Mushroom leather. While the very words may sound like a strange match, many are touting it as a practical large-scale replacement for more traditional cow leather.
But somewhere between the perspectives of skeptics and true believers is the truth. Mushroom leather is a promising vegan alternative to conventional leather, it’s still a far way from serving as a de facto replacement. Here’s everything you need to know about one of the most exciting developments in textile manufacturing.
1. It’s 100% Sustainable
The discussion behind the ethics of leather often zeroes in on animal rights issues. It’s a valid concern, but it only touches on one aspect of the leather production process. Mushroom leather can be produced by using just a fraction of the same amount of water it takes to produce leather—and that’s a big deal considering that the production of cows, and cow leather, uses up 50% of the Earth’s water. Similarly, the need for grazing lands and other considerations has resulted in a cattle industry that takes up a third of the Earth’s landmass. Mushrooms can be produced efficiently in much smaller environments, and they don’t bring with them issues like overgrazing. Maintaining and harvesting mushrooms requires a significantly more compact supply chain, and that results in a significantly more compact environmental impact.
At the same time, it’s a much less directly wasteful form of producing leather. Only 30% of a cow’s hide is actually used for leather, with the rest of the hide just being thrown away. By contrast, all of the material produced when growing mushroom leather can be used to make clothing and other products. Those are some nice bonuses to further justify the fact that mushrooms don’t come with a cost of animal life involved. Sustainability is all about efficiency, and mushrooms are one of the most efficient sources of leather.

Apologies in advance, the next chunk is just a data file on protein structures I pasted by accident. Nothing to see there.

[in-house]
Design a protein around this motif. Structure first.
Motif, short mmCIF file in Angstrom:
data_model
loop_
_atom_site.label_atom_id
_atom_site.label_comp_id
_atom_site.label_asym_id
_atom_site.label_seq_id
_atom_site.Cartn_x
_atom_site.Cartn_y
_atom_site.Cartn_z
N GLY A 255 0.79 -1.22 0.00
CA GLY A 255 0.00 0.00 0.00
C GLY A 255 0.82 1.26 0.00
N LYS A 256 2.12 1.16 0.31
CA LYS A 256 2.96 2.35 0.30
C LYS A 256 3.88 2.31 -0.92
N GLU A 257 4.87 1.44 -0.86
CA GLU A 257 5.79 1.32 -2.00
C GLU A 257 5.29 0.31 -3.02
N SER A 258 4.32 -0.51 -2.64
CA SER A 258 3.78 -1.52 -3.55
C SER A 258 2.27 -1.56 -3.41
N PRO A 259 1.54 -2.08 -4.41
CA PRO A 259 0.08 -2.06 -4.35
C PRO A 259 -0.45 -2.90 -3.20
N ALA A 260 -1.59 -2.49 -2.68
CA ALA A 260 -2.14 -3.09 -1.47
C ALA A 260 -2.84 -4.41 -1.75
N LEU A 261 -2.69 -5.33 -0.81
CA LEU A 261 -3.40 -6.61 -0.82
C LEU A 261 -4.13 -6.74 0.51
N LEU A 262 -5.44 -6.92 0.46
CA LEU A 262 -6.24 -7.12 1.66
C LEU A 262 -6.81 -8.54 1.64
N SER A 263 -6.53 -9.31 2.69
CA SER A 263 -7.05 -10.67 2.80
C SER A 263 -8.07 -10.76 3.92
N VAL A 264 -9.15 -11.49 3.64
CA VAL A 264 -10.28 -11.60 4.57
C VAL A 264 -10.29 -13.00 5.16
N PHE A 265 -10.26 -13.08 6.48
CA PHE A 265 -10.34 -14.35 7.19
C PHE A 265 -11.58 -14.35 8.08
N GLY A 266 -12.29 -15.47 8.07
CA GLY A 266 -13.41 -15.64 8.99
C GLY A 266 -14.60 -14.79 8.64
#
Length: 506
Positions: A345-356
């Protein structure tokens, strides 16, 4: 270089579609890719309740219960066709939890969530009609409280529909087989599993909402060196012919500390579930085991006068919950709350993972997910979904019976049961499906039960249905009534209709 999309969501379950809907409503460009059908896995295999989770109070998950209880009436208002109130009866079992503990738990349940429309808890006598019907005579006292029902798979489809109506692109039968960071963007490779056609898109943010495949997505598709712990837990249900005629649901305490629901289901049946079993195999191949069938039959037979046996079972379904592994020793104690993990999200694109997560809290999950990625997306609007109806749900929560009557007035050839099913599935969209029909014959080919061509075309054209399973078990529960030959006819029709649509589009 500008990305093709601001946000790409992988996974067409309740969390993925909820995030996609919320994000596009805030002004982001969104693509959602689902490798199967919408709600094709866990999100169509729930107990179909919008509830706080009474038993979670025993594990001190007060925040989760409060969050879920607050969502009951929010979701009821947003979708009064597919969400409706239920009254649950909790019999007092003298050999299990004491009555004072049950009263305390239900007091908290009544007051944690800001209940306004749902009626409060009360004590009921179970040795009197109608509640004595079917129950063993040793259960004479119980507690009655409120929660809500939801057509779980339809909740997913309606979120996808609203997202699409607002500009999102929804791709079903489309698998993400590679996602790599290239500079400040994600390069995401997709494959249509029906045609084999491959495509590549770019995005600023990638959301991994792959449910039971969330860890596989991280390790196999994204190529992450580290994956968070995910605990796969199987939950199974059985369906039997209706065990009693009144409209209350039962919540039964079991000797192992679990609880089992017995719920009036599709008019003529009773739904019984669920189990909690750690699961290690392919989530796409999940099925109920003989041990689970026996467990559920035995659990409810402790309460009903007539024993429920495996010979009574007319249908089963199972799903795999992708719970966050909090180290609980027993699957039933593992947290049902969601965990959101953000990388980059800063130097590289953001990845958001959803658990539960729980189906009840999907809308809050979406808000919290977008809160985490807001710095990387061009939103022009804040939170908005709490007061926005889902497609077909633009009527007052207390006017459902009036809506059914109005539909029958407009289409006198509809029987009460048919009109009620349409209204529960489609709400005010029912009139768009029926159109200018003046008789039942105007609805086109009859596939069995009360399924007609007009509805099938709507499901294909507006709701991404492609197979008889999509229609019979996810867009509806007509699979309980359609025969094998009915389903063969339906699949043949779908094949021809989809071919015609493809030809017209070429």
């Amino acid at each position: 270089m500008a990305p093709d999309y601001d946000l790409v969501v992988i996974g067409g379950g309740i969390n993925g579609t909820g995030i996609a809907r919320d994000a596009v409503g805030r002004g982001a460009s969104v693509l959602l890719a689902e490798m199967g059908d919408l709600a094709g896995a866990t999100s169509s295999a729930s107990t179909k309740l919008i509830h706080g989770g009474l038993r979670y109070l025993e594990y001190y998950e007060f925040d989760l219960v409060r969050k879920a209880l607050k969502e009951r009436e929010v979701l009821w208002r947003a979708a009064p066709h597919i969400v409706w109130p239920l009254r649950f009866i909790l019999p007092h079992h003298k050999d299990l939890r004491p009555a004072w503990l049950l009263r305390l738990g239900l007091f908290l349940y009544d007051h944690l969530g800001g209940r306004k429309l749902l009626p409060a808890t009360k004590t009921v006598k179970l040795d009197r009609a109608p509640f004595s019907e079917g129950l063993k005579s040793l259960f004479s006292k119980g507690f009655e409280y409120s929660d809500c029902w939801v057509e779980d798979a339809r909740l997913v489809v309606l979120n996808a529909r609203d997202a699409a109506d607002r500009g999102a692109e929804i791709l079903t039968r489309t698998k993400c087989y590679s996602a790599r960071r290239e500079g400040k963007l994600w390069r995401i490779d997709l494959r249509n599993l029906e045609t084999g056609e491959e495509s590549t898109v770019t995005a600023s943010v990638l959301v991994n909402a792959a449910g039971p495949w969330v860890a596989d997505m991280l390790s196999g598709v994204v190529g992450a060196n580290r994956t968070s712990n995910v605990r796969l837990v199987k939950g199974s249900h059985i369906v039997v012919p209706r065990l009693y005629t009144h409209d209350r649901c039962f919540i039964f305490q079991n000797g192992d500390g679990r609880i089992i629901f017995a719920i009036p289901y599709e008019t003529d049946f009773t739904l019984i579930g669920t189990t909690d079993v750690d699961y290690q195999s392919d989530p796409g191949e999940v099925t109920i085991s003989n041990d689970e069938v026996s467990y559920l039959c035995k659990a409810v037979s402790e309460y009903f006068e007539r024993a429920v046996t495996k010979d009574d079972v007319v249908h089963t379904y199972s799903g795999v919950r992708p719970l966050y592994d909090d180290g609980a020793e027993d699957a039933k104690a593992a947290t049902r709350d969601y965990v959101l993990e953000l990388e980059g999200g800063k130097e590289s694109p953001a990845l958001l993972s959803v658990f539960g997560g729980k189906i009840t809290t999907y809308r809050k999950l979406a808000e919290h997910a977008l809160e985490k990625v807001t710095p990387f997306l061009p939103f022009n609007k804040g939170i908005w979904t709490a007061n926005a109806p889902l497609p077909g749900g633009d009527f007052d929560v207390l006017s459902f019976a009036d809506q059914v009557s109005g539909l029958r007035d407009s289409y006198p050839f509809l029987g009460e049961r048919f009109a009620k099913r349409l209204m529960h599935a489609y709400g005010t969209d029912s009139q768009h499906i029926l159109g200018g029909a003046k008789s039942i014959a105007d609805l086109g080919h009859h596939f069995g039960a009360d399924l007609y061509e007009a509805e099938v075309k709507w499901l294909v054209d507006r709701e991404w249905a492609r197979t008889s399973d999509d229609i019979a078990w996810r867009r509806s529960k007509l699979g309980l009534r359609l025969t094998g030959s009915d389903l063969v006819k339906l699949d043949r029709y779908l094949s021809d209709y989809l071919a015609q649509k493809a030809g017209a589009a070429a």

2. Mushrooms Grow Incredibly Fast
Fungus is prodigious. It’s one of the reasons that mushrooms are some of the most successful and prominent forms of life on the planet, but it’s also a boon for those trying to make mushrooms into leather. It takes a full 18 months for a cow to grow to the age where it’s large enough to be slaughtered for use as leather. And that’s a costly year and a half too. Everything from grazing lands to food to water needs to be accounted for, and that’s not even dealing with transportation.
But while it takes a year and a half to make your traditional leather jacket, you can get a vegan mushroom leather jacket in just a fraction of that time. In the mere course of two weeks, mushrooms can grow rapidly enough to produce the same amount of leather as a full-sized cow. As a result, vegan mushroom leather grows at 70 to 80 times the speed.
3. It’s Good for Sensitive Skin
Cow leather can often lead to allergies, but mushroom leather is a more safe and convenient solution even if you aren’t worried about the environmental impact of your clothing. Part of this comes down to the lack of chemicals. When you’re dealing with cow leather, you’re also coming in touch with all of the chemicals that the leather has come into contact with—from hormones used to accelerate growth to potentially toxic chemicals that have been used in the tanning process.
Mushroom leather doesn’t come with those same complications. It’s produced without the need for harsh chemicals, so it can be safely worn on the skin without having to worry about itching or breaking out. 65 to 70% of leather is made from cows, but that could be changing. By opting for mushroom leather, you can improve your impact on the environment and find a healthier alternative for your body.